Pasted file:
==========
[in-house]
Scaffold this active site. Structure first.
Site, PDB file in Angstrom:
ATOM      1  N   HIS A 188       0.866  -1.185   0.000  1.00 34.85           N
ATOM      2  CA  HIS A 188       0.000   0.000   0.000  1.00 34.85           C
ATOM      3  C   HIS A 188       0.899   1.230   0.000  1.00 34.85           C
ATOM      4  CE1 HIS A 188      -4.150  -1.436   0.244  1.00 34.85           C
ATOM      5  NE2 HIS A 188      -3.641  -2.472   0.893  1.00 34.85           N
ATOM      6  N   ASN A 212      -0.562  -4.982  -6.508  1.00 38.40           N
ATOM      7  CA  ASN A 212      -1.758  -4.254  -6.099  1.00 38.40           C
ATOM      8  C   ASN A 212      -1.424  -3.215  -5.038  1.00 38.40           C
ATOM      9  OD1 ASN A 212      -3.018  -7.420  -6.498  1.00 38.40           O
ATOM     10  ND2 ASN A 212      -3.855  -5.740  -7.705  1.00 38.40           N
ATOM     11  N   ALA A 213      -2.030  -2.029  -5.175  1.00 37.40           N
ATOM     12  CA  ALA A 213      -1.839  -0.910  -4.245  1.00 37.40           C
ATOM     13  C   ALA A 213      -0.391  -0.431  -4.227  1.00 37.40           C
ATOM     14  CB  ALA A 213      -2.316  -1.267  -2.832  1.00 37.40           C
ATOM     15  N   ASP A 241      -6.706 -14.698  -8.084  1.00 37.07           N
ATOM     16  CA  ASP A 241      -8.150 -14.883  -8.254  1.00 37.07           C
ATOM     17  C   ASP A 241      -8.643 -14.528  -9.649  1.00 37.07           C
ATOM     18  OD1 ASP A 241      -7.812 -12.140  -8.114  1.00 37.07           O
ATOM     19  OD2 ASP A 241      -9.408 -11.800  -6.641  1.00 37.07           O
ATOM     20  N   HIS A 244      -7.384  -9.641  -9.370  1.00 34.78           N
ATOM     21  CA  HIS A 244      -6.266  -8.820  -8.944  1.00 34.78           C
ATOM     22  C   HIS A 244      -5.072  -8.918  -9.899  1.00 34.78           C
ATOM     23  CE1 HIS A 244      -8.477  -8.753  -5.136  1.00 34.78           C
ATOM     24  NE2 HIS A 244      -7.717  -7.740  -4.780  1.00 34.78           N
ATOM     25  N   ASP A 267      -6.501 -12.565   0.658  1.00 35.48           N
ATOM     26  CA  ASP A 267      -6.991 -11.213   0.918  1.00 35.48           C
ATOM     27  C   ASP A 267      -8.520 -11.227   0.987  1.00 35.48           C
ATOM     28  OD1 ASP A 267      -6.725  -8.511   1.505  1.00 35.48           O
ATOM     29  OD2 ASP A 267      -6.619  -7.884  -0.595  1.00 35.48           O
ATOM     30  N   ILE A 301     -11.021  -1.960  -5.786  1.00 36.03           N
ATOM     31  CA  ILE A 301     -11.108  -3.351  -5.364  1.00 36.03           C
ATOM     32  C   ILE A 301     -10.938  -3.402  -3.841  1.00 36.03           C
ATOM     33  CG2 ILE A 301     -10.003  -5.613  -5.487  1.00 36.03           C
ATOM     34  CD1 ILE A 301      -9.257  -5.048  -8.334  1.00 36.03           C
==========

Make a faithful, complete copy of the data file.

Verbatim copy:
[in-house]
Scaffold this active site. Structure first.
Site, PDB file in Angstrom:
ATOM      1  N   HIS A 188       0.866  -1.185   0.000  1.00 34.85           N
ATOM      2  CA  HIS A 188       0.000   0.000   0.000  1.00 34.85           C
ATOM      3  C   HIS A 188       0.899   1.230   0.000  1.00 34.85           C
ATOM      4  CE1 HIS A 188      -4.150  -1.436   0.244  1.00 34.85           C
ATOM      5  NE2 HIS A 188      -3.641  -2.472   0.893  1.00 34.85           N
ATOM      6  N   ASN A 212      -0.562  -4.982  -6.508  1.00 38.40           N
ATOM      7  CA  ASN A 212      -1.758  -4.254  -6.099  1.00 38.40           C
ATOM      8  C   ASN A 212      -1.424  -3.215  -5.038  1.00 38.40           C
ATOM      9  OD1 ASN A 212      -3.018  -7.420  -6.498  1.00 38.40           O
ATOM     10  ND2 ASN A 212      -3.855  -5.740  -7.705  1.00 38.40           N
ATOM     11  N   ALA A 213      -2.030  -2.029  -5.175  1.00 37.40           N
ATOM     12  CA  ALA A 213      -1.839  -0.910  -4.245  1.00 37.40           C
ATOM     13  C   ALA A 213      -0.391  -0.431  -4.227  1.00 37.40           C
ATOM     14  CB  ALA A 213      -2.316  -1.267  -2.832  1.00 37.40           C
ATOM     15  N   ASP A 241      -6.706 -14.698  -8.084  1.00 37.07           N
ATOM     16  CA  ASP A 241      -8.150 -14.883  -8.254  1.00 37.07           C
ATOM     17  C   ASP A 241      -8.643 -14.528  -9.649  1.00 37.07           C
ATOM     18  OD1 ASP A 241      -7.812 -12.140  -8.114  1.00 37.07           O
ATOM     19  OD2 ASP A 241      -9.408 -11.800  -6.641  1.00 37.07           O
ATOM     20  N   HIS A 244      -7.384  -9.641  -9.370  1.00 34.78           N
ATOM     21  CA  HIS A 244      -6.266  -8.820  -8.944  1.00 34.78           C
ATOM     22  C   HIS A 244      -5.072  -8.918  -9.899  1.00 34.78           C
ATOM     23  CE1 HIS A 244      -8.477  -8.753  -5.136  1.00 34.78           C
ATOM     24  NE2 HIS A 244      -7.717  -7.740  -4.780  1.00 34.78           N
ATOM     25  N   ASP A 267      -6.501 -12.565   0.658  1.00 35.48           N
ATOM     26  CA  ASP A 267      -6.991 -11.213   0.918  1.00 35.48           C
ATOM     27  C   ASP A 267      -8.520 -11.227   0.987  1.00 35.48           C
ATOM     28  OD1 ASP A 267      -6.725  -8.511   1.505  1.00 35.48           O
ATOM     29  OD2 ASP A 267      -6.619  -7.884  -0.595  1.00 35.48           O
ATOM     30  N   ILE A 301     -11.021  -1.960  -5.786  1.00 36.03           N
ATOM     31  CA  ILE A 301     -11.108  -3.351  -5.364  1.00 36.03           C
ATOM     32  C   ILE A 301     -10.938  -3.402  -3.841  1.00 36.03           C
ATOM     33  CG2 ILE A 301     -10.003  -5.613  -5.487  1.00 36.03           C
ATOM     34  CD1 ILE A 301      -9.257  -5.048  -8.334  1.00 36.03           C